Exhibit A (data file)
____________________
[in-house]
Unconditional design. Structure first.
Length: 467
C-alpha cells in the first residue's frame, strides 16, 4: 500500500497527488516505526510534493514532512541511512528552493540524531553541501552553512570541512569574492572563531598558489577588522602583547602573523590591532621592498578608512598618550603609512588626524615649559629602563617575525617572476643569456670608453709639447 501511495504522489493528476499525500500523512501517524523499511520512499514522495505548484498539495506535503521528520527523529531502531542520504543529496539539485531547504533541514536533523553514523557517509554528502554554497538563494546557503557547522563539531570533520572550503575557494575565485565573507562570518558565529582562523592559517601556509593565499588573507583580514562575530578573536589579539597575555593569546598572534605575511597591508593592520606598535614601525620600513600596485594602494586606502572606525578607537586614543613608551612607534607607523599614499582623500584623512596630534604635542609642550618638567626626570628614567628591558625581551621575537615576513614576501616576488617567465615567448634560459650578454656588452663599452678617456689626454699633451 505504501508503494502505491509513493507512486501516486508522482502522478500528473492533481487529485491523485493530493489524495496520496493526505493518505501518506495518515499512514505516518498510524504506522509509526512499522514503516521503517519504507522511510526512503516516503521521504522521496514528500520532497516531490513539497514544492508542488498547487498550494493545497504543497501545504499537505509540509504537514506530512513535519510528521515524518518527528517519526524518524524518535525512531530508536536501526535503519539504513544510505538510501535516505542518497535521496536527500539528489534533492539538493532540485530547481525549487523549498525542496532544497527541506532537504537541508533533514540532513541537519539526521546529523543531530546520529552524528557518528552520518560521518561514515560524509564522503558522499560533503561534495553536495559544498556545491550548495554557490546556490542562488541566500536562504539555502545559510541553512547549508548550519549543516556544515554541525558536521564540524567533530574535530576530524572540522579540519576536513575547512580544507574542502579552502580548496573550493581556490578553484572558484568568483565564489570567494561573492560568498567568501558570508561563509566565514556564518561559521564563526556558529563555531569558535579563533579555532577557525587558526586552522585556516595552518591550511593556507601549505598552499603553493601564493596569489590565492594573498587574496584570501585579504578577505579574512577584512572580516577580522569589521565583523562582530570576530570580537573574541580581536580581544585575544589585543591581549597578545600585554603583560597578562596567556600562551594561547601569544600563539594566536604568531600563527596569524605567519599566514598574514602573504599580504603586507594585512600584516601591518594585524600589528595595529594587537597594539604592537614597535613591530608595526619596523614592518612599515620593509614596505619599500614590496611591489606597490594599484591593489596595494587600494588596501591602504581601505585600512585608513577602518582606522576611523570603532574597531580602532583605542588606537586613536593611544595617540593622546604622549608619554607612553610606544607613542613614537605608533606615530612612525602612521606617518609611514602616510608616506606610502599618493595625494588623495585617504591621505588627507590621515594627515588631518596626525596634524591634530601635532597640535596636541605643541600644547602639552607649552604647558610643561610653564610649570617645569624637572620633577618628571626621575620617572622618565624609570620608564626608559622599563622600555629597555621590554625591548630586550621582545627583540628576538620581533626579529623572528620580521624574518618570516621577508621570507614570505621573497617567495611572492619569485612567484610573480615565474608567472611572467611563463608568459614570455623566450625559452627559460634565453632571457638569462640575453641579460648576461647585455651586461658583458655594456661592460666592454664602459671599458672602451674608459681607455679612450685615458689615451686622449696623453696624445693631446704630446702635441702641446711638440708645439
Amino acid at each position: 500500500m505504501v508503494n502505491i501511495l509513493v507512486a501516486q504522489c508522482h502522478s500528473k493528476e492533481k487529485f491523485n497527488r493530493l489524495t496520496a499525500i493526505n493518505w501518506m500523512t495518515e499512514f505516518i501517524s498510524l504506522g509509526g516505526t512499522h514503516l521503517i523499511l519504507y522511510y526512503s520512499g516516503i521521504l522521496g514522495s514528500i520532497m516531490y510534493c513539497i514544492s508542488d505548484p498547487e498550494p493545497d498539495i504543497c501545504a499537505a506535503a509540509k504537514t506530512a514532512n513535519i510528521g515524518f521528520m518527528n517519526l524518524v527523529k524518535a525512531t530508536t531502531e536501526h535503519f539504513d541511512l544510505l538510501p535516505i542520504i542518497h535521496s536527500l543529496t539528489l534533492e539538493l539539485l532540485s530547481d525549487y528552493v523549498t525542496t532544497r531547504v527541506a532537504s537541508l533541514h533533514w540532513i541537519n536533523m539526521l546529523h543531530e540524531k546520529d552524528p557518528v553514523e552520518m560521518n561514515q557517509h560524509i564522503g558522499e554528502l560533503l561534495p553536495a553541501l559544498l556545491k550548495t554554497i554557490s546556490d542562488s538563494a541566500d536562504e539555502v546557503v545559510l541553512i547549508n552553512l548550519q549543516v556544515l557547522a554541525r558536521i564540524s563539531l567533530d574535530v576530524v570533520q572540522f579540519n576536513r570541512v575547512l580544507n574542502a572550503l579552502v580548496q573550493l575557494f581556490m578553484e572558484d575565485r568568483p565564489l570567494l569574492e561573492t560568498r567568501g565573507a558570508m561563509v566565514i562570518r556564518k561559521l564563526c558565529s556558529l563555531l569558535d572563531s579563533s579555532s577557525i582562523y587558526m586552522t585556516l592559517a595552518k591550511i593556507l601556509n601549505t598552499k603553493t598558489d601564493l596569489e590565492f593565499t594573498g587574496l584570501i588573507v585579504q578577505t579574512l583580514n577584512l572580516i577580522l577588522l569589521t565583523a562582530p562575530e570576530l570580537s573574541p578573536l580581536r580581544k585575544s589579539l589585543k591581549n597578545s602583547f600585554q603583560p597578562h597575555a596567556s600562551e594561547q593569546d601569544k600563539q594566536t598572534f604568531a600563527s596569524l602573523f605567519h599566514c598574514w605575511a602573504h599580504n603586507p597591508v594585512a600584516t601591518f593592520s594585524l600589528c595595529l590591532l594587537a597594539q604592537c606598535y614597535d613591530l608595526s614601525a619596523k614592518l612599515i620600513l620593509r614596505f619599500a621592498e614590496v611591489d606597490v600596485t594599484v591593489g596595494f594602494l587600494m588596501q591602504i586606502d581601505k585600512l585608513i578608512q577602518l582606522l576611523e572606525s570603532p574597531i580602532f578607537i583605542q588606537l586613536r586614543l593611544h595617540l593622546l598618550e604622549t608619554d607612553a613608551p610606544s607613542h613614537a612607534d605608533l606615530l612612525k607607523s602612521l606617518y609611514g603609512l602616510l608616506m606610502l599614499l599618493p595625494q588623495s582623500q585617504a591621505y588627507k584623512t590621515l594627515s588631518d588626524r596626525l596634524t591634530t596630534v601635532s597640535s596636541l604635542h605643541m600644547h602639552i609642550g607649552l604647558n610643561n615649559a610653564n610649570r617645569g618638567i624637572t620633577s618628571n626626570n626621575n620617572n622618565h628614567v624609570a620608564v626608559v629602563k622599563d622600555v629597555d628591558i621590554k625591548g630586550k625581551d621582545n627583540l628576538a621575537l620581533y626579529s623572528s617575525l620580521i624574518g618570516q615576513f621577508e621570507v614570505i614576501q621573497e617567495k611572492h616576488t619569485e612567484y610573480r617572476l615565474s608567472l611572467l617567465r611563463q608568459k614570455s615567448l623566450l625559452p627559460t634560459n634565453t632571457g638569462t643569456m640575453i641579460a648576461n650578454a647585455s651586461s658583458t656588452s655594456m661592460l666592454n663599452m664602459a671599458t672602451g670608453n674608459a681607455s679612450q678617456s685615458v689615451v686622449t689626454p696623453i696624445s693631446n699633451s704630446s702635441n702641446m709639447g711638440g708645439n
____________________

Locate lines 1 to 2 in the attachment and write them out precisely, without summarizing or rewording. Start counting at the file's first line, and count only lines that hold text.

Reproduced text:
[in-house]
Unconditional design. Structure first.